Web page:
It's interesting the speaking to the corollaries between, I guess, life and trading just this happens to me all the time. And I think most people can associate with this that whenever I'm on a driving range and it doesn't count, I'm like 250 down the middle of on every drive and I can almost nail the flag on my chips and everything else, but then when you get out onto the, into the actual round, when it actually counts and money's on the line and things like that, it gets a lot more difficult. So the analogy in investing, of course, is back testing and paper trading, and all these wonderful things that can happen without the pressures of real life. Money management, with clients and everything else. So paper trading versus real trading is a world of difference. And I think when folks are asking me about getting into the business, and they're talking to me about all the back testing they've done, and all the paper trading they've done, I think that the next most important step in their journey is to definitely get some money on the table, because it changes when you're actually doing it for a living
Jonathan Krinsky, CMT 20:45
100%. And the same thing with what I do and my analysis, and even though I don't directly have money on the line, and I'll use last October, as an example, you know, the market was in a bearish trend. And at the end of September, inflation worries were very high. Obviously, we got that extremely hot CPI print in mid October, and the market, you know, couldn't go down anymore. And in hindsight, you know, that was a signal for a mean reversion to the upside opportunity. You know, and I think, you know, I didn't, I didn't put enough weight in that emphasis in that in the moment. So that's an example of, in hindsight, everyone can look back and say, oh, yeah, was a horrible, you know, hot CPI print, and the market couldn't go down. Of course, that was an easy buy. And, you know, in real time, it's not always that easy.
David Lundgren, CMT, CFA 21:32
Yeah, we also, we also remember, the past the way we want to remember which is, which is, again, it's why it's really, really important to journal, and to write down what you were thinking in the moment, because everybody's prone to remembering things that way they want to remember it. And you know, you know, I remember when this happened, and I remember calling it right, and what will you if you actually put it down in words and put it in a journal, you don't have to show it to anybody. But it's extremely instructive. And I often find that one of the best teachers over times is not only the market itself, but also you won't experience that your journal, and just go back and read it six months later, to get the honest truth of what you were actually feeling in that moment. And from there, you can actually learn but if you if you're just going by your own memory of what you thought you don't learn anything. In fact, if you do learn anything, it's usually bad practices embedded. 100%.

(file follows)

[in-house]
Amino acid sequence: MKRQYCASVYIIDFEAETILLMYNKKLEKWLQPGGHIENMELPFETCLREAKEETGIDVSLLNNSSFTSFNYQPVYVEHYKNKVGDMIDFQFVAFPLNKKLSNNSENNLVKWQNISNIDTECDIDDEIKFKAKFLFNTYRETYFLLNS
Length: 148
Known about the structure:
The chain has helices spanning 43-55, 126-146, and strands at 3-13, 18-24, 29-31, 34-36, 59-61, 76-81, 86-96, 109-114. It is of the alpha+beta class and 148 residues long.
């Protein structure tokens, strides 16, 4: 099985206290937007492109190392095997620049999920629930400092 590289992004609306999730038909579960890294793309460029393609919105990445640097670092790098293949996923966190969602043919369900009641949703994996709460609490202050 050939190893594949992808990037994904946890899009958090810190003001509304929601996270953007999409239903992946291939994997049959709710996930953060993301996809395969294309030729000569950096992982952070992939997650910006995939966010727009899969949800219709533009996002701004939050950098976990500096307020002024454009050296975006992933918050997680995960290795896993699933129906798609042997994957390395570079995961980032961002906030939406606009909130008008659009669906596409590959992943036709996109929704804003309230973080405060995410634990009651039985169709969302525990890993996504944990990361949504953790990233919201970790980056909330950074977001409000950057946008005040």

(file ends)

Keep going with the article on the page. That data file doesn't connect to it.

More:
Tyler Wood, CMT 22:21
Yeah. So Jonathan, thinking about that mean reversion and we talk a lot about the universality of technical analysis, meaning, it's timeframe agnostic, it's asset class agnostic, you can use this on any publicly traded security. When you're talking to clients about, you know, a counter trend trade or taking a contrarian view, do you also emphasize the, you know, certain tools to look for a confirmation that indeed, there is a reversal in place? And what I mean by that is, you know, how do you coach, what do you what do you look for? What do you coach clients to look for, in terms of confirmation that the market is indeed coming back around? And we can keep looking at that October 2020, to low? I mean, the following week, pretty impressive counter trend rally? Do you wait? Do you wait for a certain signal to get back in?
Jonathan Krinsky, CMT 23:12
You know, it depends on what your what your kind of timeframe, an objective is, as, as an investor, right. And so, you know, if you are somebody who's, you know, looking for a very fast, you know, three 5% trade, then you kind of have to, you know, you kind of have to see it in real time. And that's, you know, I do try to try to do that as well, I think, you know, I try to be actionable as real time as possible with clients. And so as it's happening, and the issue there, of course, is you don't necessarily get the confirmation, right. And so, in that scenario, you have to either use proper risk management, whether it's, you know, stop outs below the day's low, or that sort of thing, or risk defined through options and that sort of thing. And so in that case, you can kind of be a little more aggressive, and you kind of get a feel for things are not acting like they should, it's probably going the other way, and you can take a shot. If, if you want to be a little more conservative, and you're a little bit of a longer term investor then, yeah, you probably want to wait for some more confirmation, whether that's, you know, getting, getting above some previous highs or, you know, allowing the moving averages, short term moving averages to kind of turn up that sort of thing. So, you know, there's no one answer for that. I would say it's just a it's just a risk management and timeframe issue.